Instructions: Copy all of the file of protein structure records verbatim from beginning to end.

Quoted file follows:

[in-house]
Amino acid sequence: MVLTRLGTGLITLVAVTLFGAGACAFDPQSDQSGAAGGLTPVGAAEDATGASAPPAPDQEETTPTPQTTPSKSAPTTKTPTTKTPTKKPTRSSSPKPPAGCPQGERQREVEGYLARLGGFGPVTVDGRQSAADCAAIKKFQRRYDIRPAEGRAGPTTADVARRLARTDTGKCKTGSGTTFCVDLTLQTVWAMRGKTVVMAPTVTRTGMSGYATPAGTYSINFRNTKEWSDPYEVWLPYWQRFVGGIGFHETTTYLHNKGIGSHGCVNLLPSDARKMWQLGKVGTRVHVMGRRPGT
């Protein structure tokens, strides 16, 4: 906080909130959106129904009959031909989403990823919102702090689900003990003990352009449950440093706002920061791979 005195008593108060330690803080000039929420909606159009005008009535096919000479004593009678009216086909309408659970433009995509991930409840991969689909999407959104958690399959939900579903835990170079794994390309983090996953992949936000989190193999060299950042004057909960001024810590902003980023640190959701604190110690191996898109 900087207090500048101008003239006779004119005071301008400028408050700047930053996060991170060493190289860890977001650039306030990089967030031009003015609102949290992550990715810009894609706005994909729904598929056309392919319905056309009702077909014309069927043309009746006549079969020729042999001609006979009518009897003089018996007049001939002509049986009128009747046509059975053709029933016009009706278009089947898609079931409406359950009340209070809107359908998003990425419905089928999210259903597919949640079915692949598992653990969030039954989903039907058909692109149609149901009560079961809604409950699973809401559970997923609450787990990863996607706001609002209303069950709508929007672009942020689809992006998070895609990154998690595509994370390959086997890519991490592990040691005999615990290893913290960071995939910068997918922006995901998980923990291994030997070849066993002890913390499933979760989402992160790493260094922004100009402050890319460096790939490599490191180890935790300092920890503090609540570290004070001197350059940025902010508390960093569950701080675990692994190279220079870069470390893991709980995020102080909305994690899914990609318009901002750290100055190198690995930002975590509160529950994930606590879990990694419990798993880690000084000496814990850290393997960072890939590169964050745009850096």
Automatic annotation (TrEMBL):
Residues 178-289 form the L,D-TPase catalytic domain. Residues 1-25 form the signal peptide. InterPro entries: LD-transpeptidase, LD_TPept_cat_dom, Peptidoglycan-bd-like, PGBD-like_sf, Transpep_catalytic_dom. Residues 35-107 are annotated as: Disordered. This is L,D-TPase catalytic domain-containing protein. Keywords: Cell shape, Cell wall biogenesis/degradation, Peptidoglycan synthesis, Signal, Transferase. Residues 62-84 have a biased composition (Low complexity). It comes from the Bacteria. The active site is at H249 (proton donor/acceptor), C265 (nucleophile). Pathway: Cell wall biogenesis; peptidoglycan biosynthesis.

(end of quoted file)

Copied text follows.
[in-house]
Amino acid sequence: MVLTRLGTGLITLVAVTLFGAGACAFDPQSDQSGAAGGLTPVGAAEDATGASAPPAPDQEETTPTPQTTPSKSAPTTKTPTTKTPTKKPTRSSSPKPPAGCPQGERQREVEGYLARLGGFGPVTVDGRQSAADCAAIKKFQRRYDIRPAEGRAGPTTADVARRLARTDTGKCKTGSGTTFCVDLTLQTVWAMRGKTVVMAPTVTRTGMSGYATPAGTYSINFRNTKEWSDPYEVWLPYWQRFVGGIGFHETTTYLHNKGIGSHGCVNLLPSDARKMWQLGKVGTRVHVMGRRPGT
């Protein structure tokens, strides 16, 4: 906080909130959106129904009959031909989403990823919102702090689900003990003990352009449950440093706002920061791979 005195008593108060330690803080000039929420909606159009005008009535096919000479004593009678009216086909309408659970433009995509991930409840991969689909999407959104958690399959939900579903835990170079794994390309983090996953992949936000989190193999060299950042004057909960001024810590902003980023640190959701604190110690191996898109 900087207090500048101008003239006779004119005071301008400028408050700047930053996060991170060493190289860890977001650039306030990089967030031009003015609102949290992550990715810009894609706005994909729904598929056309392919319905056309009702077909014309069927043309009746006549079969020729042999001609006979009518009897003089018996007049001939002509049986009128009747046509059975053709029933016009009706278009089947898609079931409406359950009340209070809107359908998003990425419905089928999210259903597919949640079915692949598992653990969030039954989903039907058909692109149609149901009560079961809604409950699973809401559970997923609450787990990863996607706001609002209303069950709508929007672009942020689809992006998070895609990154998690595509994370390959086997890519991490592990040691005999615990290893913290960071995939910068997918922006995901998980923990291994030997070849066993002890913390499933979760989402992160790493260094922004100009402050890319460096790939490599490191180890935790300092920890503090609540570290004070001197350059940025902010508390960093569950701080675990692994190279220079870069470390893991709980995020102080909305994690899914990609318009901002750290100055190198690995930002975590509160529950994930606590879990990694419990798993880690000084000496814990850290393997960072890939590169964050745009850096």
Automatic annotation (TrEMBL):
Residues 178-289 form the L,D-TPase catalytic domain. Residues 1-25 form the signal peptide. InterPro entries: LD-transpeptidase, LD_TPept_cat_dom, Peptidoglycan-bd-like, PGBD-like_sf, Transpep_catalytic_dom. Residues 35-107 are annotated as: Disordered. This is L,D-TPase catalytic domain-containing protein. Keywords: Cell shape, Cell wall biogenesis/degradation, Peptidoglycan synthesis, Signal, Transferase. Residues 62-84 have a biased composition (Low complexity). It comes from the Bacteria. The active site is at H249 (proton donor/acceptor), C265 (nucleophile). Pathway: Cell wall biogenesis; peptidoglycan biosynthesis.